2Utah702,434
3Davis369,948
4Weber269,561
5Washington197,680
6Cache140,173
7Tooele79,934
8Iron62,429
9Box Elder61,498
10Summit43,036
11Uintah37,141
12Wasatch36,619
13Sanpete29,724
14Sevier22,069
15Carbon20,571
16Duchesne20,161
17San Juan14,359
18Millard13,330
19Morgan12,832
20Juab12,567
21Emery10,099
22Grand9,769
23Kane8,227
24Beaver7,327
25Garfield5,281
26Wayne2,645
27Rich2,628
28Piute1,487
29Daggett1,014

When Has Utah’s Population Grown the Most?

The ultra-modern Salt Lake City International Airport serves 26 million travelers a year.

©Farragutful / CC BY-SA 4.0 – License

As you can see in the following chart, Utah’s population experienced some of its highest growth rates in the 1970s, with some years approaching just below 4% growth. The year 2000 was the highest growth year, 5.38%. In the 2010s and 20s, population growth is still high but has noticeably slowed. For comparison, Florida, at a 1.9% growth rate, and Idaho at 1.8% are the highest-growing states in the country today. In recent years the overall American population growth rate has been between .3 and .5 %.

YearPopulationGrowth Rate
20223,380,8001.25%
20213,339,1131.68%
20203,283,7852.51%
20193,203,3831.53%
20183,155,1531.66%
20173,103,5401.95%
20163,044,2412.03%
20152,983,6261.54%
20142,938,3271.36%
20132,898,7731.56%
20122,854,1461.40%
20112,814,7971.42%
20102,775,4131.91%
20092,723,4212.27%
20082,663,0292.51%
20072,597,7462.86%
20062,525,5072.76%
20052,457,7192.34%
20042,401,5801.76%
20032,360,1371.52%
20022,324,8151.80%
20012,283,7151.75%
20002,244,5025.38%
19992,129,8361.39%
19982,100,5621.70%
19972,065,3972.13%
19962,022,2532.30%
19951,976,7742.40%
19941,930,4362.90%
19931,875,9932.99%
19921,821,4982.80%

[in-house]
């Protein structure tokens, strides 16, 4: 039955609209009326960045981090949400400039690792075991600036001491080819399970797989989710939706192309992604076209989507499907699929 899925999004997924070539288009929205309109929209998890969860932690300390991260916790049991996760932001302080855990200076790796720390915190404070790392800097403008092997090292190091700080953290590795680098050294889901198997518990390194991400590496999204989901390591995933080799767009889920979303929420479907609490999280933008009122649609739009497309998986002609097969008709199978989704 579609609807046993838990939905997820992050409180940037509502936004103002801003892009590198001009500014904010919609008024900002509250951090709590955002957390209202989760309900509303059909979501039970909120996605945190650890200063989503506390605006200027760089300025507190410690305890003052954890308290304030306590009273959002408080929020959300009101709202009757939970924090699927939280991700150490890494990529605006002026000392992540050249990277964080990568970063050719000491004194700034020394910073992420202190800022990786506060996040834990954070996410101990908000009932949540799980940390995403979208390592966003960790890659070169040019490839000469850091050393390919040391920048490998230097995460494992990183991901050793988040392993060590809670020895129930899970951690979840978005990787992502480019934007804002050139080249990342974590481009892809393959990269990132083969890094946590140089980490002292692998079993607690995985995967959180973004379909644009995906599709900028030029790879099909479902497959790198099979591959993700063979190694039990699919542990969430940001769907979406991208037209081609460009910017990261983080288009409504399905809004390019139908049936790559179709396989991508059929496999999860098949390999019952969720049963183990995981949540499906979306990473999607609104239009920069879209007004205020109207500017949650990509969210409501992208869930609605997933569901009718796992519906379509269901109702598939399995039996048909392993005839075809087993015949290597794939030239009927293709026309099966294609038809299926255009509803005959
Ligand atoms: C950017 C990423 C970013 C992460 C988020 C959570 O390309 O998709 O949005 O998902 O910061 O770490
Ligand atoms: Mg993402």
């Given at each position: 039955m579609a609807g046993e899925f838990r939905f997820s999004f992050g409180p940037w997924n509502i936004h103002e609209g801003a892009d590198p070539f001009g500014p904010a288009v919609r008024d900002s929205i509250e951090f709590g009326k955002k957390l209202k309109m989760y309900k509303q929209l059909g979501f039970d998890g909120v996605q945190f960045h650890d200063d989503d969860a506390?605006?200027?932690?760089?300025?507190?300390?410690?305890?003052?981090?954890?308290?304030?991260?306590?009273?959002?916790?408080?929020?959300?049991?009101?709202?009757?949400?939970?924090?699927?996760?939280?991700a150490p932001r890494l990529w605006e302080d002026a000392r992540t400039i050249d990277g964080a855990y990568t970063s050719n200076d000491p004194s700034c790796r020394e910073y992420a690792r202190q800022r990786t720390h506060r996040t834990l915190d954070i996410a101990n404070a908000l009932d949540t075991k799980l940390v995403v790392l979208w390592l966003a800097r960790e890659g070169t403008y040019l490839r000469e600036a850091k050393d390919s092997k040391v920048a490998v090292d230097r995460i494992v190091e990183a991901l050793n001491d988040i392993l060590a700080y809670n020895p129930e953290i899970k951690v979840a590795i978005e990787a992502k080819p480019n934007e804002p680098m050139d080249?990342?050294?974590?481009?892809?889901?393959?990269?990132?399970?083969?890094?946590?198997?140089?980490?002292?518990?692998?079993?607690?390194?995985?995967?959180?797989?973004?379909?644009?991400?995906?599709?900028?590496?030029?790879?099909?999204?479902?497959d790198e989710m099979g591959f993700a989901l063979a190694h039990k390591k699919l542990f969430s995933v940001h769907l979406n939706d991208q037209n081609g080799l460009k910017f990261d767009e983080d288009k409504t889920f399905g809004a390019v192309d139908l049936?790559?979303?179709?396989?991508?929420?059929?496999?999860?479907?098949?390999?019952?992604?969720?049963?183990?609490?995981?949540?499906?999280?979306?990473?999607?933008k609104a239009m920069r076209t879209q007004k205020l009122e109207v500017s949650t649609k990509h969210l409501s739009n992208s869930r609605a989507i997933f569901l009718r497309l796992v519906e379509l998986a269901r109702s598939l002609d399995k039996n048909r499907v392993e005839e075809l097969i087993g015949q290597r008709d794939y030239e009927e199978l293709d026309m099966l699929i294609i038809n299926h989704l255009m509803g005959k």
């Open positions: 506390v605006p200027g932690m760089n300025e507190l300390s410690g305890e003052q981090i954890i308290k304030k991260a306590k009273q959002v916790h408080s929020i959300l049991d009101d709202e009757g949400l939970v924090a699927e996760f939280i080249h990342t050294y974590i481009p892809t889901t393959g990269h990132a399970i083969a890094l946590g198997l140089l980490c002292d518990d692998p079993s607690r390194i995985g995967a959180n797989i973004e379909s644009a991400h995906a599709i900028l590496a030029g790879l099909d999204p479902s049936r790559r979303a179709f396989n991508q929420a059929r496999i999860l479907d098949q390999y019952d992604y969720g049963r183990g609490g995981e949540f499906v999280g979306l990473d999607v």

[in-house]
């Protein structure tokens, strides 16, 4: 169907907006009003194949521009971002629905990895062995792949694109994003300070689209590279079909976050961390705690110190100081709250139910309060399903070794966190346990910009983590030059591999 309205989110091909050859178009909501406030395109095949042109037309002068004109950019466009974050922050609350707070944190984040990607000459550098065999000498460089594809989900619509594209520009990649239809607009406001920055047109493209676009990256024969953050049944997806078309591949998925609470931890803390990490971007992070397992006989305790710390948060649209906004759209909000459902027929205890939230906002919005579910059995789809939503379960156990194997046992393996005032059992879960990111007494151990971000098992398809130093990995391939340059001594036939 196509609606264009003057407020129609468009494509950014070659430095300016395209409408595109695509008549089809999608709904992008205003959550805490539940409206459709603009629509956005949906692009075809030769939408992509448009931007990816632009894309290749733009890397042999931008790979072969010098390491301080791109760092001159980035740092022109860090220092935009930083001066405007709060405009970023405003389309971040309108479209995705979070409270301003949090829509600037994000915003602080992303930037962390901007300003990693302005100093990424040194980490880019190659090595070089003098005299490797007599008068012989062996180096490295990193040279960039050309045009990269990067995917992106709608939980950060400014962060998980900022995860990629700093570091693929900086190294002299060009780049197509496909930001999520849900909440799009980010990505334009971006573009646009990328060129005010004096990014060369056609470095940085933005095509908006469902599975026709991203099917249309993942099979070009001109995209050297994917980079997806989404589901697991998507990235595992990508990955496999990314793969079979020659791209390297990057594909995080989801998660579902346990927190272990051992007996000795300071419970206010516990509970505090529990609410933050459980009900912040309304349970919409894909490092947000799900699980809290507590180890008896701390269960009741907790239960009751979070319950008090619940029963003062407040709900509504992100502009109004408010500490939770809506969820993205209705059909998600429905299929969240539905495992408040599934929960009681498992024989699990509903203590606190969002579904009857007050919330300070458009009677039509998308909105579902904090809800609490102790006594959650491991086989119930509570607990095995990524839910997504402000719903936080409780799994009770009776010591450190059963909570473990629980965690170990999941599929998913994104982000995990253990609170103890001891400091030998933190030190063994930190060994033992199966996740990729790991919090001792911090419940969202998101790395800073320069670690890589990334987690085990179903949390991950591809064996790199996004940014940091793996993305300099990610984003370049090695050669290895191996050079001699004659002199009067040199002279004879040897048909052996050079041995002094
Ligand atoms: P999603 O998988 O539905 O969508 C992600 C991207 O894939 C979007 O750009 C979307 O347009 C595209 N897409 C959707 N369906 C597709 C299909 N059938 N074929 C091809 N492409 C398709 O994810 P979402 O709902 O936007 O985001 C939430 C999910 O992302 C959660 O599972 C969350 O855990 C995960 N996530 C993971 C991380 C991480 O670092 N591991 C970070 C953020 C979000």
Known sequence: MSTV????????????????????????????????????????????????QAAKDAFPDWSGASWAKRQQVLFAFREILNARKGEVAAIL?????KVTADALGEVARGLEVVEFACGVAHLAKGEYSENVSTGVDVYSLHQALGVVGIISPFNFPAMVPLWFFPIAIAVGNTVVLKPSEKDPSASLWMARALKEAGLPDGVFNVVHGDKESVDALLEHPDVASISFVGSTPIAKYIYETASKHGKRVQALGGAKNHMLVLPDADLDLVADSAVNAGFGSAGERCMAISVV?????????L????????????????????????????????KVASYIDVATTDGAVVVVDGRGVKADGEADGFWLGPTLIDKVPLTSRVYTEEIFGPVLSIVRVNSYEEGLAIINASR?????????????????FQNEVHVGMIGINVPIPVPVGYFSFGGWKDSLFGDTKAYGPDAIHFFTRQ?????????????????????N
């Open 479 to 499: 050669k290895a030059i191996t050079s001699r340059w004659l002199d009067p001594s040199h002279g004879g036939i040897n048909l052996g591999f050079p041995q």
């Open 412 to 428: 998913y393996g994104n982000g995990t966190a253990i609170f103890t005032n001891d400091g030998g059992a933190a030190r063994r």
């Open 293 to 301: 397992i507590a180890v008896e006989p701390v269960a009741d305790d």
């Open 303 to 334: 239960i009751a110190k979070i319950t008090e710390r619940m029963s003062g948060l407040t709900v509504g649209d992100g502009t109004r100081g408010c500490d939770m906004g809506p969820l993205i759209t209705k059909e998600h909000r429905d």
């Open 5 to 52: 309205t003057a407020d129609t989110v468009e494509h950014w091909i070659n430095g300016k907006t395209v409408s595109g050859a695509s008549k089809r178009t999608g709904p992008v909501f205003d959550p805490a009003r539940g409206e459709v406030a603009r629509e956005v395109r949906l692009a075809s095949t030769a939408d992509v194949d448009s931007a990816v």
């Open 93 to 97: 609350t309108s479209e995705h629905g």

19911,771,9412.44%
19901,729,7221.40%
19891,705,8640.98%
19881,689,3720.67%
19871,678,1190.92%
19861,662,8341.21%
19851,642,9101.27%
19841,622,3421.72%
19831,594,9432.35%
19821,558,3142.83%
19811,515,4712.91%
19801,472,5953.69%
19791,420,2383.86%
19781,367,5103.64%
19771,319,5123.50%
19761,274,9283.15%
19751,236,0302.96%
19741,200,4712.60%
19731,170,0403.05%
19721,135,4493.11%
19711,101,1923.96%
19701,059,2731.17%

What Does the Future Hold for Utah?

Utah’s population is expected to grow rapidly until it doubles again to 6.84 million by 2060. This will surely increase the state’s political and cultural influence and lead to even more growth. The state will need to be attentive to how to manage growth sustainably so as not to overstress limited supplies of water and other resources and to preserve the state’s priceless natural wonders.

The photo featured at the top of this post is © iStock.com/Kruck20


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About the Author

Drew Wood is a writer at A-Z Animals focusing on mammals, geography, and world cultures. Drew has worked in research and writing for over 20 years and holds a Masters in Foreign Affairs (1992) and a Doctorate in Religion (2009). A resident of Nebraska, Drew enjoys Brazilian jiu-jitsu, movies, and being an emotional support human to four dogs.